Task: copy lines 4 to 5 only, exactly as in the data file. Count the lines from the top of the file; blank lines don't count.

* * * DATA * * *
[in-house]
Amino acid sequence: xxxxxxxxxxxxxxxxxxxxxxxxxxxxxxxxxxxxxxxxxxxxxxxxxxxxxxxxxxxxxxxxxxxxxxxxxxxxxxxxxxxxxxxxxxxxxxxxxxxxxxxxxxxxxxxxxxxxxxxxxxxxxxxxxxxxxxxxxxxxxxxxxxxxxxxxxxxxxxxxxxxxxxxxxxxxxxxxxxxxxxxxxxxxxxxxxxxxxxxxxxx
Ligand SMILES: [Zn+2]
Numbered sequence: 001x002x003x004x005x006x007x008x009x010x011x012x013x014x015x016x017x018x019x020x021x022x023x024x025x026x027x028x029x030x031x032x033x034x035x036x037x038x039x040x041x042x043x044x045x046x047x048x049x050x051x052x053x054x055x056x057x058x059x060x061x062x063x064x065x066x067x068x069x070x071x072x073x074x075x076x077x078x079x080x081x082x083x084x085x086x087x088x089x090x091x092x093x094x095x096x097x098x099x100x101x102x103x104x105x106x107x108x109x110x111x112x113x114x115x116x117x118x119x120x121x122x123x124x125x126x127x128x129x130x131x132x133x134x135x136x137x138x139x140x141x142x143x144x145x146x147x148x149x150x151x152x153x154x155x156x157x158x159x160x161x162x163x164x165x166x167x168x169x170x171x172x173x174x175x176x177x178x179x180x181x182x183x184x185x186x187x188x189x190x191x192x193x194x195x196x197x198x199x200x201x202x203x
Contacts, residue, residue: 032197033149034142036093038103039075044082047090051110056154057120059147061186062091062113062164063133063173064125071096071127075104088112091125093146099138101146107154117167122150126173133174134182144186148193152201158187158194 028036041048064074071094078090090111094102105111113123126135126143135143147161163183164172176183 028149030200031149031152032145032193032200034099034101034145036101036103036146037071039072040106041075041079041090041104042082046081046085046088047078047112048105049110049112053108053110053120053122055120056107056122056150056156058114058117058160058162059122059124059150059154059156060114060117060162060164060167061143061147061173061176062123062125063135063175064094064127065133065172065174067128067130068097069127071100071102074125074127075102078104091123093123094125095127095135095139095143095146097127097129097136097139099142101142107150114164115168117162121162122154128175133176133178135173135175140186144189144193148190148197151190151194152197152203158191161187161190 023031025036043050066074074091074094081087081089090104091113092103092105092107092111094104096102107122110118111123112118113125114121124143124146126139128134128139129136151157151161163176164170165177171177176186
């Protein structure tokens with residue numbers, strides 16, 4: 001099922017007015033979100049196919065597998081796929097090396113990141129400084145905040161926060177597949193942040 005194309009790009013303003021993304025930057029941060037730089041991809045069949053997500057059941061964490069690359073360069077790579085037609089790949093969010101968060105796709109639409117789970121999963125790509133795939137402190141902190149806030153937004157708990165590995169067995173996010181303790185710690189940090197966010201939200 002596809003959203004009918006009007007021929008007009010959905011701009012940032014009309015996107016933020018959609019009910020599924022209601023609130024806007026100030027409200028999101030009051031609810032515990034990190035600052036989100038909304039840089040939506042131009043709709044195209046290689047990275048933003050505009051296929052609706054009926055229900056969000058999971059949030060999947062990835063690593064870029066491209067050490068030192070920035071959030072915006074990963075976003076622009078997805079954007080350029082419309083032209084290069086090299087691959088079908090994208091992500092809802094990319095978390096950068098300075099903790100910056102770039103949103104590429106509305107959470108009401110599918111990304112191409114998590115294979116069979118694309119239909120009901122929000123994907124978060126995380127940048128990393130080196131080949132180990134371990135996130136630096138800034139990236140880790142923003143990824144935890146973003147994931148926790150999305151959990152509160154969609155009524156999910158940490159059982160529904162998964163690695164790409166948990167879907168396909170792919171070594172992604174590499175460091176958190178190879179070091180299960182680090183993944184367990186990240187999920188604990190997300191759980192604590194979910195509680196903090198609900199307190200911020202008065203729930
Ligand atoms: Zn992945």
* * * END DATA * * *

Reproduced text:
Numbered sequence: 001x002x003x004x005x006x007x008x009x010x011x012x013x014x015x016x017x018x019x020x021x022x023x024x025x026x027x028x029x030x031x032x033x034x035x036x037x038x039x040x041x042x043x044x045x046x047x048x049x050x051x052x053x054x055x056x057x058x059x060x061x062x063x064x065x066x067x068x069x070x071x072x073x074x075x076x077x078x079x080x081x082x083x084x085x086x087x088x089x090x091x092x093x094x095x096x097x098x099x100x101x102x103x104x105x106x107x108x109x110x111x112x113x114x115x116x117x118x119x120x121x122x123x124x125x126x127x128x129x130x131x132x133x134x135x136x137x138x139x140x141x142x143x144x145x146x147x148x149x150x151x152x153x154x155x156x157x158x159x160x161x162x163x164x165x166x167x168x169x170x171x172x173x174x175x176x177x178x179x180x181x182x183x184x185x186x187x188x189x190x191x192x193x194x195x196x197x198x199x200x201x202x203x
Contacts, residue, residue: 032197033149034142036093038103039075044082047090051110056154057120059147061186062091062113062164063133063173064125071096071127075104088112091125093146099138101146107154117167122150126173133174134182144186148193152201158187158194 028036041048064074071094078090090111094102105111113123126135126143135143147161163183164172176183 028149030200031149031152032145032193032200034099034101034145036101036103036146037071039072040106041075041079041090041104042082046081046085046088047078047112048105049110049112053108053110053120053122055120056107056122056150056156058114058117058160058162059122059124059150059154059156060114060117060162060164060167061143061147061173061176062123062125063135063175064094064127065133065172065174067128067130068097069127071100071102074125074127075102078104091123093123094125095127095135095139095143095146097127097129097136097139099142101142107150114164115168117162121162122154128175133176133178135173135175140186144189144193148190148197151190151194152197152203158191161187161190 023031025036043050066074074091074094081087081089090104091113092103092105092107092111094104096102107122110118111123112118113125114121124143124146126139128134128139129136151157151161163176164170165177171177176186